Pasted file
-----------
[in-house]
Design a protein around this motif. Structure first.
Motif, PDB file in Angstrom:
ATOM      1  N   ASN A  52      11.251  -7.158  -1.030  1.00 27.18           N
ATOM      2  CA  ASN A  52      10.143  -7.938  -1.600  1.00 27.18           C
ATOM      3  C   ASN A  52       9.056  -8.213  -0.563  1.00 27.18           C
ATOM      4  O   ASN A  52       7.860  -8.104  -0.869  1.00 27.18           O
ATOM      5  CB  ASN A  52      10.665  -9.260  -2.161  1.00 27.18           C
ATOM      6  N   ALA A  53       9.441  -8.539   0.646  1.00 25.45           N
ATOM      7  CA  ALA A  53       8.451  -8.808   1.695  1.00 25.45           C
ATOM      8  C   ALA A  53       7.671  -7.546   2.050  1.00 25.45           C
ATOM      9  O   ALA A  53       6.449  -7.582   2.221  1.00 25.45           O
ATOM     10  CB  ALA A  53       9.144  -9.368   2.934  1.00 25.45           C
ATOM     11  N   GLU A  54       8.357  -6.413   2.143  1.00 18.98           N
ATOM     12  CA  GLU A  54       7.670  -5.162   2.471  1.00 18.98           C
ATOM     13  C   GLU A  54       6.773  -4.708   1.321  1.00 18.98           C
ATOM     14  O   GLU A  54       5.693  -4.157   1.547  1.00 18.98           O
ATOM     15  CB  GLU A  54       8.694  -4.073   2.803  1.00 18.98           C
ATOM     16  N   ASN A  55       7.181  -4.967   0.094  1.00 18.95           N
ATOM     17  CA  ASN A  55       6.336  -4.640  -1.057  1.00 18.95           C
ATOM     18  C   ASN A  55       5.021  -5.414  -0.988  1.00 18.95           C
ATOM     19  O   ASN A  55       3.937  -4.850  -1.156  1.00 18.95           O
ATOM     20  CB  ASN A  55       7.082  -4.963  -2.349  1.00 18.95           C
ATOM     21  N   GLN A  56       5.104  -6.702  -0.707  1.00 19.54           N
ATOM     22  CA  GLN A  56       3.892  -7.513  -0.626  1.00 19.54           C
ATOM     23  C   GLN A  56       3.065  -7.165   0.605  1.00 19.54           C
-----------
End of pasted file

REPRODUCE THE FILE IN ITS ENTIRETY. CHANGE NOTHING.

[in-house]
Design a protein around this motif. Structure first.
Motif, PDB file in Angstrom:
ATOM      1  N   ASN A  52      11.251  -7.158  -1.030  1.00 27.18           N
ATOM      2  CA  ASN A  52      10.143  -7.938  -1.600  1.00 27.18           C
ATOM      3  C   ASN A  52       9.056  -8.213  -0.563  1.00 27.18           C
ATOM      4  O   ASN A  52       7.860  -8.104  -0.869  1.00 27.18           O
ATOM      5  CB  ASN A  52      10.665  -9.260  -2.161  1.00 27.18           C
ATOM      6  N   ALA A  53       9.441  -8.539   0.646  1.00 25.45           N
ATOM      7  CA  ALA A  53       8.451  -8.808   1.695  1.00 25.45           C
ATOM      8  C   ALA A  53       7.671  -7.546   2.050  1.00 25.45           C
ATOM      9  O   ALA A  53       6.449  -7.582   2.221  1.00 25.45           O
ATOM     10  CB  ALA A  53       9.144  -9.368   2.934  1.00 25.45           C
ATOM     11  N   GLU A  54       8.357  -6.413   2.143  1.00 18.98           N
ATOM     12  CA  GLU A  54       7.670  -5.162   2.471  1.00 18.98           C
ATOM     13  C   GLU A  54       6.773  -4.708   1.321  1.00 18.98           C
ATOM     14  O   GLU A  54       5.693  -4.157   1.547  1.00 18.98           O
ATOM     15  CB  GLU A  54       8.694  -4.073   2.803  1.00 18.98           C
ATOM     16  N   ASN A  55       7.181  -4.967   0.094  1.00 18.95           N
ATOM     17  CA  ASN A  55       6.336  -4.640  -1.057  1.00 18.95           C
ATOM     18  C   ASN A  55       5.021  -5.414  -0.988  1.00 18.95           C
ATOM     19  O   ASN A  55       3.937  -4.850  -1.156  1.00 18.95           O
ATOM     20  CB  ASN A  55       7.082  -4.963  -2.349  1.00 18.95           C
ATOM     21  N   GLN A  56       5.104  -6.702  -0.707  1.00 19.54           N
ATOM     22  CA  GLN A  56       3.892  -7.513  -0.626  1.00 19.54           C
ATOM     23  C   GLN A  56       3.065  -7.165   0.605  1.00 19.54           C